The use of two different wavelengths in one direction or bi-directional is called wavelength multiplexing. Two independent signals are travelling on the same fiber at different wavelengths without any disturbance to each other.
With TDM the individual channels are interleaved, one channel after the other by transporting all information in a serial matter. Time Domain Multiplexing causes a higher necessary bandwidth because the bandwidth of the individual channels is added.
|TDM - Time Domain Multiplexing - information of four channels interleaved|
With CWDM the individual channels are transported parallel at different wavelengths with a narrow spectral characteristic. Each channel is converted to a unique wavelength, usually in a separating distance of 20 nm. Using these narrow bands the individual signals have no interference to each other, the information of all channels is transmitted simultaneously.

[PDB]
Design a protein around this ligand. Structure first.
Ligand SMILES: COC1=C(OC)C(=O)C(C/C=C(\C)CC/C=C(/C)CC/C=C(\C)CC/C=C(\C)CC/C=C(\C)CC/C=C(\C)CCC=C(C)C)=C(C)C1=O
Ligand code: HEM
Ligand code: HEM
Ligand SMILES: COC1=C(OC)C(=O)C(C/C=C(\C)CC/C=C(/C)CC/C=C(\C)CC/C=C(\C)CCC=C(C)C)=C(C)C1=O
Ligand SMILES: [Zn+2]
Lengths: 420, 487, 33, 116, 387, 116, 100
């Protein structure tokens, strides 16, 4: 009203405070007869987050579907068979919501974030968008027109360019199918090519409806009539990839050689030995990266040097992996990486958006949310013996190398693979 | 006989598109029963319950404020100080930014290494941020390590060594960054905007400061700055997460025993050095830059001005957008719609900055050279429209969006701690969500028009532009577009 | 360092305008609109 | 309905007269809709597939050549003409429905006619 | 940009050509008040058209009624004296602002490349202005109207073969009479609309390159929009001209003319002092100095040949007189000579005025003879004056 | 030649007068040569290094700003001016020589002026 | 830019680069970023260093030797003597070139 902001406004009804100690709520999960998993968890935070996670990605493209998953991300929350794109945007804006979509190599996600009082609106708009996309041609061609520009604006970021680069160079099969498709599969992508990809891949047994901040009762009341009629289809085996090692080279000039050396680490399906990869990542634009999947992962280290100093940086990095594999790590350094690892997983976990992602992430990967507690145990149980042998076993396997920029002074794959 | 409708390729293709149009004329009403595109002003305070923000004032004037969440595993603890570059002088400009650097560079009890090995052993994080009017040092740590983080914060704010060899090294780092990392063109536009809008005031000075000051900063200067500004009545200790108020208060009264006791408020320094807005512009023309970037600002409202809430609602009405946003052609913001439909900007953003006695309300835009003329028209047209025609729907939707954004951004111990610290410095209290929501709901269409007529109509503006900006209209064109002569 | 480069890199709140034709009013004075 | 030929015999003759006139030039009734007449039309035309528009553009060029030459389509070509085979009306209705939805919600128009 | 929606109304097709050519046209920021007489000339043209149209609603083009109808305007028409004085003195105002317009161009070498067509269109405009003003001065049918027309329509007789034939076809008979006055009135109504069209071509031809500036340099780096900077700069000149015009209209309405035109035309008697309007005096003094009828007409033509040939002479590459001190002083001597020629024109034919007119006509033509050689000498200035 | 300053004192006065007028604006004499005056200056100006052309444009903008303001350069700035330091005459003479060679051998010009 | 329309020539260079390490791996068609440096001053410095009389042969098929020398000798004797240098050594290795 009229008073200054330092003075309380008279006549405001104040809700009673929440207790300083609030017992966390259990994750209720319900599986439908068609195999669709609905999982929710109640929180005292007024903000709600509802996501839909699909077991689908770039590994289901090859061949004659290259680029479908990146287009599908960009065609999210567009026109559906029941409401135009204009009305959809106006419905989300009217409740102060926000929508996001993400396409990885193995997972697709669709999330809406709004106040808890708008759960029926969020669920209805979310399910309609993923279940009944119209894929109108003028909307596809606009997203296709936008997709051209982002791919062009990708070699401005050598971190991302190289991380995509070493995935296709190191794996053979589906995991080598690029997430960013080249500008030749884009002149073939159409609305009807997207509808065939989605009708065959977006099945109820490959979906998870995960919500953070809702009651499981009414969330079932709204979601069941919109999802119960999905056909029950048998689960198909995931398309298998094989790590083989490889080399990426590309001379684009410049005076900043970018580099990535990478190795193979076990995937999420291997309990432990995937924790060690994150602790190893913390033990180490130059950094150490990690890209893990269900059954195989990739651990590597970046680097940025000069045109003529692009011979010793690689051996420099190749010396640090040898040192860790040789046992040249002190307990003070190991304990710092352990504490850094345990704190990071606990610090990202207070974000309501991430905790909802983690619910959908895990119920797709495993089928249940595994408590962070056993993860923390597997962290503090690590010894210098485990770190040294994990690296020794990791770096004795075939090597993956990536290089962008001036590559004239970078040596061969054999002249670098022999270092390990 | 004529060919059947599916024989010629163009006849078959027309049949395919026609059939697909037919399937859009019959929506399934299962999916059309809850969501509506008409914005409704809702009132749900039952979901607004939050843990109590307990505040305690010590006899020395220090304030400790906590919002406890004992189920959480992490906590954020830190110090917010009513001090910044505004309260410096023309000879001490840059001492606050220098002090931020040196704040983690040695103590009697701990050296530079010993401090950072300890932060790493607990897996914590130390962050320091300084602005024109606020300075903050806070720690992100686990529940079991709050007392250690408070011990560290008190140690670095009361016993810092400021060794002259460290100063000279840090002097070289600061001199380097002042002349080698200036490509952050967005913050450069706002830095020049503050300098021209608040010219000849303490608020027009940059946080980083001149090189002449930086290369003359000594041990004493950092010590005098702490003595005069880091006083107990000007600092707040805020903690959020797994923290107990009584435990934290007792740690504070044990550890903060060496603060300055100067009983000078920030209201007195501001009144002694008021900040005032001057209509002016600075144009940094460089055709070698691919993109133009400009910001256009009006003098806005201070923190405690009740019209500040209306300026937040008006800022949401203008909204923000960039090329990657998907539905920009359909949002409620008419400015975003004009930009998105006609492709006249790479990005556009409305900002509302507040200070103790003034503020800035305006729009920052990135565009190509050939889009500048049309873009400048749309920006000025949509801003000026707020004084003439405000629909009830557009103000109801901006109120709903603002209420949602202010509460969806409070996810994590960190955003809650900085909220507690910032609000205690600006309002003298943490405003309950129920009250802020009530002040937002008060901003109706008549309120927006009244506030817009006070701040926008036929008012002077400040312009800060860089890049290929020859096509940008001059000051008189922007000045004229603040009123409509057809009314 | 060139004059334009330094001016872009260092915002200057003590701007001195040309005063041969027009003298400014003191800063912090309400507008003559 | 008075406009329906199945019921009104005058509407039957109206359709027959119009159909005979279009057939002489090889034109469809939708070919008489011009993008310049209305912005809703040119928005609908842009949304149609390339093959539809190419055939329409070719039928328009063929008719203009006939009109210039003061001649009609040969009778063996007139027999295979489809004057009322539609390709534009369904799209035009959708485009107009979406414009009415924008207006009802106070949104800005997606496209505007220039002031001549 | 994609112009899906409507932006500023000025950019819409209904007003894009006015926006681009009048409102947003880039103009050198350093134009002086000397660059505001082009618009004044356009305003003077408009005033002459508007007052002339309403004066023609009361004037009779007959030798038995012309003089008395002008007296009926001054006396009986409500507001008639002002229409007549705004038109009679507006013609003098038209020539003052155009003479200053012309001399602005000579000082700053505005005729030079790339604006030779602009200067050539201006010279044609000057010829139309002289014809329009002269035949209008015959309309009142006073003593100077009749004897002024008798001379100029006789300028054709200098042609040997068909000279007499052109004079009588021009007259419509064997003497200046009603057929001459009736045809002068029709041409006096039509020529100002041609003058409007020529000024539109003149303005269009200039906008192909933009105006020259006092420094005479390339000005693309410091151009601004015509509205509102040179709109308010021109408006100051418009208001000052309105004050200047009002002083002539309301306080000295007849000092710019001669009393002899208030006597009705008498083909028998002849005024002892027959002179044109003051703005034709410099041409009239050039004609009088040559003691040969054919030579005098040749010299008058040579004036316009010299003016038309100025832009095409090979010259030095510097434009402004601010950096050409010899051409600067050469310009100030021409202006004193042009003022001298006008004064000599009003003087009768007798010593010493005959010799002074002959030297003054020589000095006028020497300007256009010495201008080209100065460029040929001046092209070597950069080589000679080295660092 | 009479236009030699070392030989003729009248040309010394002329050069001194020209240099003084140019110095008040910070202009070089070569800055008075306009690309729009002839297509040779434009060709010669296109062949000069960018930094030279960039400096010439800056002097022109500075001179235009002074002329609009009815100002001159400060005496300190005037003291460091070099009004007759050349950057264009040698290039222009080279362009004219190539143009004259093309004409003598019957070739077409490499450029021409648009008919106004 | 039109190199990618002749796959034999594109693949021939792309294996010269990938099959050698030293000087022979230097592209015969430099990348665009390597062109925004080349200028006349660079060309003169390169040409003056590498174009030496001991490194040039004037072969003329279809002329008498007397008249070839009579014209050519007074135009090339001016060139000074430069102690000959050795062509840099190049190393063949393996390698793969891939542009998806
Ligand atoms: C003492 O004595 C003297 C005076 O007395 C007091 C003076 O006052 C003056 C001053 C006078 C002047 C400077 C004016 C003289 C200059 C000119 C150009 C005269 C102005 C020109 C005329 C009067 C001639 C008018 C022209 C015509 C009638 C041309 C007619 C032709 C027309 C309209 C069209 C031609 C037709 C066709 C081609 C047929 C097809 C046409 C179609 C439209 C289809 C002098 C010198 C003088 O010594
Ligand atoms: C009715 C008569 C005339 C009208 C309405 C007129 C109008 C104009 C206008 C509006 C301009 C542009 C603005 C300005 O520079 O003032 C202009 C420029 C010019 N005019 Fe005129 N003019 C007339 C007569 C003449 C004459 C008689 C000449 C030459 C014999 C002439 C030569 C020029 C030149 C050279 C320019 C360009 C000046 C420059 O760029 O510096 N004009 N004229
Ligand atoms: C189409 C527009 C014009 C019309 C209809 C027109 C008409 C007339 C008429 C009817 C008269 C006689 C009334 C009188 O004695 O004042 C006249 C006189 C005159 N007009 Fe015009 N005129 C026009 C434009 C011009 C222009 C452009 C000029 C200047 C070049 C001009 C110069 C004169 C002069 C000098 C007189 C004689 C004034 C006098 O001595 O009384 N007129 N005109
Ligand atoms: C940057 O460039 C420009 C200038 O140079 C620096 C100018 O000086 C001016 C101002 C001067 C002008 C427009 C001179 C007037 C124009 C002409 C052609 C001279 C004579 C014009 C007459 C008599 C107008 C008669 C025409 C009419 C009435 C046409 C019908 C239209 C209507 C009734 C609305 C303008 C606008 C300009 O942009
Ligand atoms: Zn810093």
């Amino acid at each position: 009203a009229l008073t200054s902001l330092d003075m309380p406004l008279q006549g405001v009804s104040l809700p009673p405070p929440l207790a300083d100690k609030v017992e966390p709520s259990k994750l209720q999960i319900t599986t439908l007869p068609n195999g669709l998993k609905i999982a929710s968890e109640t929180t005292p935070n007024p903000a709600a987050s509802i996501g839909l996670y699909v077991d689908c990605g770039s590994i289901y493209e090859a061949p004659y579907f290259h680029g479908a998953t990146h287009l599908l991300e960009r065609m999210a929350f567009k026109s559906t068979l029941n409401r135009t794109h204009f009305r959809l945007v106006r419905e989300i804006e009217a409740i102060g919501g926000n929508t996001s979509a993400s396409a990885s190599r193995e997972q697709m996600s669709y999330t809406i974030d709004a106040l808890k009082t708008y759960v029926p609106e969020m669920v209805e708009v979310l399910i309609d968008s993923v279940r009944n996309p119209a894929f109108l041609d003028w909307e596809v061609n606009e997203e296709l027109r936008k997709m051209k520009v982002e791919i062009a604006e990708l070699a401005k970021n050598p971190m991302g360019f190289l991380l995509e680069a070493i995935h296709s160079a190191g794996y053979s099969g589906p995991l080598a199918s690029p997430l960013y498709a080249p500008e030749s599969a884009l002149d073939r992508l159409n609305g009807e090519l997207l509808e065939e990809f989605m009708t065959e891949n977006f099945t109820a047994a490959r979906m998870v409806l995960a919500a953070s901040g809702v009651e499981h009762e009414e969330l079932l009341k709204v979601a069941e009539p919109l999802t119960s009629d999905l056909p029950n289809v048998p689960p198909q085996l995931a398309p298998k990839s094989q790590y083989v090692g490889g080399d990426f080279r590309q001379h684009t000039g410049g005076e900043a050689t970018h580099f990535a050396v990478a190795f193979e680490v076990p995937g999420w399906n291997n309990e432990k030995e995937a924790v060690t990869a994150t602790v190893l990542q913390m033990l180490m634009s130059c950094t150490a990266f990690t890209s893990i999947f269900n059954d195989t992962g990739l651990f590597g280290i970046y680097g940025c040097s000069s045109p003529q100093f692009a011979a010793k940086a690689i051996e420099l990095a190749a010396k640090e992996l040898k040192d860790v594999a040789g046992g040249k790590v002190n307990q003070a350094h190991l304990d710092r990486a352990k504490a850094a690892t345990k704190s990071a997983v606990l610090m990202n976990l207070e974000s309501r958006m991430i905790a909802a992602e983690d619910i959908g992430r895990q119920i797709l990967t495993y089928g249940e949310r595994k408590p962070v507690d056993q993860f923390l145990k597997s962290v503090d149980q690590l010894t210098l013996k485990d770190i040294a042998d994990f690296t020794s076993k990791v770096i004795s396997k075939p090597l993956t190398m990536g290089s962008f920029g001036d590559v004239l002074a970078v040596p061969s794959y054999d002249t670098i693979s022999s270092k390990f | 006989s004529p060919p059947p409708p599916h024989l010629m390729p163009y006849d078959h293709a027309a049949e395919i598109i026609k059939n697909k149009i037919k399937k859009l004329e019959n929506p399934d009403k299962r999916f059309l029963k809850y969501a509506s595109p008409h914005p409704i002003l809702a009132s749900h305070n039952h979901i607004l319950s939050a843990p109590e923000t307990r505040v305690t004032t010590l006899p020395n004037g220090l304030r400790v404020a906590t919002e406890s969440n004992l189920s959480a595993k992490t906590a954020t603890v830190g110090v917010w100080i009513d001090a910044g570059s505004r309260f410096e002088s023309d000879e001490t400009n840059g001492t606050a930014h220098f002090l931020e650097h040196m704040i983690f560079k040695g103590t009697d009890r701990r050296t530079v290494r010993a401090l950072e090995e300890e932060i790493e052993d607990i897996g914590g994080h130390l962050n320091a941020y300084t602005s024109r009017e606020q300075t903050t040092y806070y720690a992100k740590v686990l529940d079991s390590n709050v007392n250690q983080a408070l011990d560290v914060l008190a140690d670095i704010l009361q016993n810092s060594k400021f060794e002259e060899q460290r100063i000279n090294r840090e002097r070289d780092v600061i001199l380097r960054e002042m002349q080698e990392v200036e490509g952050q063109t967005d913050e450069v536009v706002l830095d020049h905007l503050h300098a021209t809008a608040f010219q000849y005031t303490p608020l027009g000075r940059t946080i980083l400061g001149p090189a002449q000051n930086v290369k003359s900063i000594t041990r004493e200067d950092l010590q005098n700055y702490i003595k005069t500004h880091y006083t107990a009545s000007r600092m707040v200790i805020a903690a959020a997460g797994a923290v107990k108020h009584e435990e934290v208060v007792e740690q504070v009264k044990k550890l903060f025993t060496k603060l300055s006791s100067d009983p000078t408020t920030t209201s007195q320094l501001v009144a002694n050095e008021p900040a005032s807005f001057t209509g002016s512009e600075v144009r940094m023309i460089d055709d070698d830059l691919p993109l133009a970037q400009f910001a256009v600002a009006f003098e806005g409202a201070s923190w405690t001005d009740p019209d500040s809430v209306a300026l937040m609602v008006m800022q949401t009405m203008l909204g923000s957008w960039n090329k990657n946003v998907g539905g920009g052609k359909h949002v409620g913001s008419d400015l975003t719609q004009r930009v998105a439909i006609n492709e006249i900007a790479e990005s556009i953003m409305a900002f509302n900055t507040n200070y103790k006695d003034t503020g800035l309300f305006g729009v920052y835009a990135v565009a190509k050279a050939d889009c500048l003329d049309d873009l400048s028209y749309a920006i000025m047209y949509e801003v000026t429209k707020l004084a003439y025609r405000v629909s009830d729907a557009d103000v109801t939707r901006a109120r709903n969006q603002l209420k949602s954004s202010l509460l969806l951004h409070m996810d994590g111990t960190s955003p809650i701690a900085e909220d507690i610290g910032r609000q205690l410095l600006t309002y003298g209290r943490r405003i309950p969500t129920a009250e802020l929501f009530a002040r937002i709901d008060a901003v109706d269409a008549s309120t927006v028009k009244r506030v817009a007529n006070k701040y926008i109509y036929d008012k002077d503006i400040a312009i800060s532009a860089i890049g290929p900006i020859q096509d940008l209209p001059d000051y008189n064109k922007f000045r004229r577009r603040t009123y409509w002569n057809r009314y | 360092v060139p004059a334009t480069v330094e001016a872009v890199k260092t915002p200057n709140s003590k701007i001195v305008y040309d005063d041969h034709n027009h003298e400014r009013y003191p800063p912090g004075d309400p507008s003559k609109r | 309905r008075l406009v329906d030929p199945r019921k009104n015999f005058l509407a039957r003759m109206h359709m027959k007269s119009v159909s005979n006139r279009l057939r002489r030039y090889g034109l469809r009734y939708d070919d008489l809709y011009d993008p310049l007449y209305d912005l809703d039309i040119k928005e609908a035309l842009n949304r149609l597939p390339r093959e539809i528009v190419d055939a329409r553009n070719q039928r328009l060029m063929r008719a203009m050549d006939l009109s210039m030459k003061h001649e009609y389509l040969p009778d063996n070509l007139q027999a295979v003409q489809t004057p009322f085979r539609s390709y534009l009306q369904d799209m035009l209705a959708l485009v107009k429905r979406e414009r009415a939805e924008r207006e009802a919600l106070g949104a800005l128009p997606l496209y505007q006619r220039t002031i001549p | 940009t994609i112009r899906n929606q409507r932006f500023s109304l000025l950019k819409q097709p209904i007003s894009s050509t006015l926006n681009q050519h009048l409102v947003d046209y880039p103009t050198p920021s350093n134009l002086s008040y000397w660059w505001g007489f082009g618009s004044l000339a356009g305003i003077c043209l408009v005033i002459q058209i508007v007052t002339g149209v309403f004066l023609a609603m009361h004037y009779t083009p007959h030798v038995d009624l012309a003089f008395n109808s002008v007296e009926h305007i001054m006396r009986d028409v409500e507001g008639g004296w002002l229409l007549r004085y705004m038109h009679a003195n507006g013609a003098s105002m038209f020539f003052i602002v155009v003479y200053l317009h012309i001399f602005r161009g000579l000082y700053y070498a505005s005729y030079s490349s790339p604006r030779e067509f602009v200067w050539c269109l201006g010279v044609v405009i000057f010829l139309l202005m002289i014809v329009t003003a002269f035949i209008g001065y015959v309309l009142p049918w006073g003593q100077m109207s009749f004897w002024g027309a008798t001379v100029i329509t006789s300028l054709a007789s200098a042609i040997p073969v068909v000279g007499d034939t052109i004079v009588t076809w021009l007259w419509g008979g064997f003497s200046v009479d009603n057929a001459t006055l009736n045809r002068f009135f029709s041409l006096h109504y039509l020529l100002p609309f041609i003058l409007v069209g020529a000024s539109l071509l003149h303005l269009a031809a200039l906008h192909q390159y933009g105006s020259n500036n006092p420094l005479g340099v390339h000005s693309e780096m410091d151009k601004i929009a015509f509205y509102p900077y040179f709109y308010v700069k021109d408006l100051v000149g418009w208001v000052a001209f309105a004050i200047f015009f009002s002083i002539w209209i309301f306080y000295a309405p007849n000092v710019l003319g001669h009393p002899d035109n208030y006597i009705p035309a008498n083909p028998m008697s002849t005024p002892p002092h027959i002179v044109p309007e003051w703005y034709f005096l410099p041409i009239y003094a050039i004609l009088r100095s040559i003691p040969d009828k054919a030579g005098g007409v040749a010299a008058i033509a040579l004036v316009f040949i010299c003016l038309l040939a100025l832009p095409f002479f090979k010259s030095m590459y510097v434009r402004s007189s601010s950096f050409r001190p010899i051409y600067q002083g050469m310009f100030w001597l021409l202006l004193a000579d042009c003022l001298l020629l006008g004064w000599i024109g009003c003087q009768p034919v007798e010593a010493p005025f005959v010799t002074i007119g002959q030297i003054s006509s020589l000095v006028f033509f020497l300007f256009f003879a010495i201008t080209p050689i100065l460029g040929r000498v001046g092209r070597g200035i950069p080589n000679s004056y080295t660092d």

Coarse wavelength multiplexing is specified by the standard ITU-T G694.2.
|CWDM - Coarse Wavelength Multiplexing - with four different signals on different wavelengths traveling at the same time|
There are 18 wavelengths defined for CWDM by ITU-T G694.2: The wavelengths are 1270, 1290, 1310, 1330, 1350, 1370, 1390, 1410, 1430, 1450, 1470, 1490, 1510, 1530, 1550, 1570, 1590, 1610 nanometers.